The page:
Don’t Quit Your Day Job

Don’t quit your day job.

Don’t quit your day job. That’s probably the most over-used piece of advice that I’ve ever been given as a writer. Unfortunately, it’s also probably the most wise. In fact, Ivan Coyote, one of my writing idols in terms of both productivity and longevity said it in an interview I saw a little while ago. This, of course, means it must be true.


Unless it isn’t.

My day job is actually an evening job. I used to have a day job, but I decided that there wasn’t enough room in my life for a novel and a day job with commitments, so I changed to an evening job. It was a good plan. I could write all day, go to work, and still have some of the evening free to relax.


The best laid plans.

But it didn’t work like that. First, I had to adjust to a whole new timetable. Writing all day left me with no energy to work at my paid job, which had a knock-on effect on the next day’s writing. Six months in, I’ve finally settled in to a routine which seems to work. This mainly involves writing when I used to sleep, and sleeping when I used to write. But there are always little spanners threatening to jab themselves in to the works of an otherwise good routine.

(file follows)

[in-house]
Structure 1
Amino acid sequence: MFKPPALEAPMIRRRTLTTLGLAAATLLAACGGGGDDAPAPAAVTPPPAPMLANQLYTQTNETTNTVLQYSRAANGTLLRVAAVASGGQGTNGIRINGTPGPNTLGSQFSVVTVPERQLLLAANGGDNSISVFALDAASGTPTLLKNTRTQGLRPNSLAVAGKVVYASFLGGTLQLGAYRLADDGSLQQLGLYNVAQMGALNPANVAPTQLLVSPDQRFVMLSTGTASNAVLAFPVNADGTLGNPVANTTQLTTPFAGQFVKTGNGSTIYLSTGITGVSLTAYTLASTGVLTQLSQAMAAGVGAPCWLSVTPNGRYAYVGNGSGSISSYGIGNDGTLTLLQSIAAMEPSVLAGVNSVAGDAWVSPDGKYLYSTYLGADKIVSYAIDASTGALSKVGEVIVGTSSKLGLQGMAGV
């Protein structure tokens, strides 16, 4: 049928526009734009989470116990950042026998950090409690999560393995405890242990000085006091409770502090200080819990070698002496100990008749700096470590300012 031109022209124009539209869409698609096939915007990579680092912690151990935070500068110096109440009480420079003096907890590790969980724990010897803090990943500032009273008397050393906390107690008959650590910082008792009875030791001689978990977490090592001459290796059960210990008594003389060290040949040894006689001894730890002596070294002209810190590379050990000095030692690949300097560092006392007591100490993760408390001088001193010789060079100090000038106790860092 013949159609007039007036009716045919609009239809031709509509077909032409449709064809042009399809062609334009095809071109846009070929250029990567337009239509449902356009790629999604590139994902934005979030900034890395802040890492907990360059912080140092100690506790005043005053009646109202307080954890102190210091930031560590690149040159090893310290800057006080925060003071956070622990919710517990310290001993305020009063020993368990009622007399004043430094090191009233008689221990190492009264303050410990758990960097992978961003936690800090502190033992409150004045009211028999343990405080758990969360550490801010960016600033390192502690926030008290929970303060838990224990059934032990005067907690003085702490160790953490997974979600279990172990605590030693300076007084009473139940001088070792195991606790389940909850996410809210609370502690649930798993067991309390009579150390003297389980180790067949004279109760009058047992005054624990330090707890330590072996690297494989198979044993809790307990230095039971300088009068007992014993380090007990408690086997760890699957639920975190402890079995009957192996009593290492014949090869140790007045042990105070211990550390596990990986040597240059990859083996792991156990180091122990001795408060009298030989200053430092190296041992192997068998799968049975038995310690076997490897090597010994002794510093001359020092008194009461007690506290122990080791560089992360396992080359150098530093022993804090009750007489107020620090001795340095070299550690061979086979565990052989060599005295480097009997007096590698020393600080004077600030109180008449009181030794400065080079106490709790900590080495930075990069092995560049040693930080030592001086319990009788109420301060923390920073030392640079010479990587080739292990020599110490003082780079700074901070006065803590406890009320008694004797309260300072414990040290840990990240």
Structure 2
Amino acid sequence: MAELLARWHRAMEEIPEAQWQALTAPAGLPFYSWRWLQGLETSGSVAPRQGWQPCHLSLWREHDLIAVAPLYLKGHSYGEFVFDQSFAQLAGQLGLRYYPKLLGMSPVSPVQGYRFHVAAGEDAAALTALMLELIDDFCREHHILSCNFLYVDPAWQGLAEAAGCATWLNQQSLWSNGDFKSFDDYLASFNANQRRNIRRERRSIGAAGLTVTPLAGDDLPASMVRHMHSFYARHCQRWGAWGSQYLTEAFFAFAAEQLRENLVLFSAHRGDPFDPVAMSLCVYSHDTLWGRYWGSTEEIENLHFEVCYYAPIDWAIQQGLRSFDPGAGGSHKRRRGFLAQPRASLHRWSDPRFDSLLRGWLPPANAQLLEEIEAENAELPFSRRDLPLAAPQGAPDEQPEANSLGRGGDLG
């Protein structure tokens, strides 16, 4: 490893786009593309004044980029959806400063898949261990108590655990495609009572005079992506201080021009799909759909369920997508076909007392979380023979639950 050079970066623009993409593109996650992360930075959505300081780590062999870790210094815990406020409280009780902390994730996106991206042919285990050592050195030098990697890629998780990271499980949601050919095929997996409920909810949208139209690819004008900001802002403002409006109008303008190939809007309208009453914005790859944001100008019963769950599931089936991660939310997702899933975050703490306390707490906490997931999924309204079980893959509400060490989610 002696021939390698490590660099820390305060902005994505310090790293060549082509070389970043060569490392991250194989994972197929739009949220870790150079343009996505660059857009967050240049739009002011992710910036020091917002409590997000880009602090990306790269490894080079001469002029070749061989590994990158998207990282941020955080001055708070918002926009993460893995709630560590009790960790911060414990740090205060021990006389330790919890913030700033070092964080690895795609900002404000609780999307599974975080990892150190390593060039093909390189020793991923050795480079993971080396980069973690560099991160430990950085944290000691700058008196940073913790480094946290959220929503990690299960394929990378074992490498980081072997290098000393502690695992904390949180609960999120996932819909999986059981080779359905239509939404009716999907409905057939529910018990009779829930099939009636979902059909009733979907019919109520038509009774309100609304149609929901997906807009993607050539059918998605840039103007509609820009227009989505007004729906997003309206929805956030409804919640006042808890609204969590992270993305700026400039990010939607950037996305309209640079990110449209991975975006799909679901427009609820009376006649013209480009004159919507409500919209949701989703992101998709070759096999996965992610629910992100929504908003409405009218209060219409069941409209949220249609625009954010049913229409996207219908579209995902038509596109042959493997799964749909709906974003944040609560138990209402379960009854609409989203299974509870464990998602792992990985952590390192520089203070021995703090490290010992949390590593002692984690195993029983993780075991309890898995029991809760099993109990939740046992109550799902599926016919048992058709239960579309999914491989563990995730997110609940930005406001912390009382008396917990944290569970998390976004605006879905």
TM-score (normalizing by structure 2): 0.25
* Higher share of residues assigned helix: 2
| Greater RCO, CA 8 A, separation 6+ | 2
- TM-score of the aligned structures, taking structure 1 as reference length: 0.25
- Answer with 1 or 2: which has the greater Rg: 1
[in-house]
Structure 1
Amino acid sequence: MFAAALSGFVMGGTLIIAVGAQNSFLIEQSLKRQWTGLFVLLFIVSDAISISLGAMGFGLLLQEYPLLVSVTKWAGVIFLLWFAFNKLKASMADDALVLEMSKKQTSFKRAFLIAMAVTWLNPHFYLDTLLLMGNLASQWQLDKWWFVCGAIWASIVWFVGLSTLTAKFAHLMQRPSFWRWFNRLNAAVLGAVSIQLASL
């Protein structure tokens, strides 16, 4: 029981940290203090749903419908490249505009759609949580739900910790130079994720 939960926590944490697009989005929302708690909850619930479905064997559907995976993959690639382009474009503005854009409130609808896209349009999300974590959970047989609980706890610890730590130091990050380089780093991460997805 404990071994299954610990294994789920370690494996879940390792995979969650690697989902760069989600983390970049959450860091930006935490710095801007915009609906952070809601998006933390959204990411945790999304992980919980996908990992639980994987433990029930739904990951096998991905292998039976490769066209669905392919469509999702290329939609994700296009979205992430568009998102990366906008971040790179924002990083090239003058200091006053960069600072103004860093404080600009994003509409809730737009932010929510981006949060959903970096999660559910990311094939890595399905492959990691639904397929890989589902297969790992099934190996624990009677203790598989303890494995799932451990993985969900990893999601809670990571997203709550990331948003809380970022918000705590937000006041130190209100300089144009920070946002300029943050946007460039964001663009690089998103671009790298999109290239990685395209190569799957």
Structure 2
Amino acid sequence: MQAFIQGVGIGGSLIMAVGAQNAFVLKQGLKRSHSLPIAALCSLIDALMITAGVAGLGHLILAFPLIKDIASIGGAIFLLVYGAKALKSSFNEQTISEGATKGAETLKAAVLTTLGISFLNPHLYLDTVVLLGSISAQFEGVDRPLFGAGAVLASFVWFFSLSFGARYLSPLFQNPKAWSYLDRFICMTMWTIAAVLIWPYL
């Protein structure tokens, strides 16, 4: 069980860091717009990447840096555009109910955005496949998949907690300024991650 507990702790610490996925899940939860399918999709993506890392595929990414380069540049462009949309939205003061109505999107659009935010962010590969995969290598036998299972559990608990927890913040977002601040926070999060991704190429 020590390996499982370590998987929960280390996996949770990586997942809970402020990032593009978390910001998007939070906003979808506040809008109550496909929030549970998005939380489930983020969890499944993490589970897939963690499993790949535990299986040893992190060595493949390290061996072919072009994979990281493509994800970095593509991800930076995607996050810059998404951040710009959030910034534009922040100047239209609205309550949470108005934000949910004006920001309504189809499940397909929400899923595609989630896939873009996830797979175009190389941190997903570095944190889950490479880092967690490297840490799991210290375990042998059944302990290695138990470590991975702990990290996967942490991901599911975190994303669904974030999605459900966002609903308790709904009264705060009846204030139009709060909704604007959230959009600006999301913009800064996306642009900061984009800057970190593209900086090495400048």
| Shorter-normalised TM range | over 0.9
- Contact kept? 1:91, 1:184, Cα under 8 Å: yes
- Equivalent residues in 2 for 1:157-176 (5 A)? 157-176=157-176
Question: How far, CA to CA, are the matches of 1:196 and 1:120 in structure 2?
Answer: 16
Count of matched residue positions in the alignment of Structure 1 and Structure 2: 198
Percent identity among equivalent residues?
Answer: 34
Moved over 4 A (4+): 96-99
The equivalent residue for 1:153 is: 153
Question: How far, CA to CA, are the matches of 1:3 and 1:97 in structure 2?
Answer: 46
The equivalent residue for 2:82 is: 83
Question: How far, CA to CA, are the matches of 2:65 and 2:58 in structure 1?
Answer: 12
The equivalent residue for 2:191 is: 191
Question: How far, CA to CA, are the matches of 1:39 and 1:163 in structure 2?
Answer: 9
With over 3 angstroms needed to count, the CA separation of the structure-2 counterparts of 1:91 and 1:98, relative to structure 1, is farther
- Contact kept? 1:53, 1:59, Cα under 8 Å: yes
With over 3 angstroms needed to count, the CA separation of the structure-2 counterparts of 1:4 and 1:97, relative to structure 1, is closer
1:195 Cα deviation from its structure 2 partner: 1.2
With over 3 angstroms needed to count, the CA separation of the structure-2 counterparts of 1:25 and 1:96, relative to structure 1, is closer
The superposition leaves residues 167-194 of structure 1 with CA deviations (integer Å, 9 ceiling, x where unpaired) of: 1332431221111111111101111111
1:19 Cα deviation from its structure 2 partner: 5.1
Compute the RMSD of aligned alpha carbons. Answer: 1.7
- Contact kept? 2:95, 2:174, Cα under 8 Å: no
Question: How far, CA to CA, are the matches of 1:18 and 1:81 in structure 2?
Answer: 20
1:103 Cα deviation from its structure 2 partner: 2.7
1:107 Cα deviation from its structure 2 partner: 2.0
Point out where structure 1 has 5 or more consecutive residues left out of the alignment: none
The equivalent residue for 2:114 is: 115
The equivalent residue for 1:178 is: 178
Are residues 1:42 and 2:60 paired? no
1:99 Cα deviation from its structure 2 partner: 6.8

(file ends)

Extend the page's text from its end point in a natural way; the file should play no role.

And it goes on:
Like life.

This week, I’ve been working overtime in my day job. I have hardly written a single word. But it has taught me something important, something that, next time I up my working hours I’ll be able to use.


Writing matters.

Just write. I’ve abandoned so much writing time this week because I like to write for an hour straight and half an hour didn’t seem long enough. Now, I get that even five minutes can be precious. It can be a breakthrough in a sub plot or a piece of dialogue that moves the story along beautifully. Writing at the point of exhaustion, once you learn to ignore your brain, can conjure up phrasing that ordinarily would never occur to me. We all lead such busy lives, our writing time is precious. From now on, I am not wasting a single second of it, even if that means writing in my head and repeating it to myself until I can write things down.


Ivan and her fellow advisors were right. Don’t quit your day job. Or, not yet, anyway. Just learn to make it work for you.


Helen Dring is a fiction writer from Liverpool, England. She is studying for an MA in Creative Writing and is currently writing her first novel. She likes fairy tales, ghost stories and modern history.

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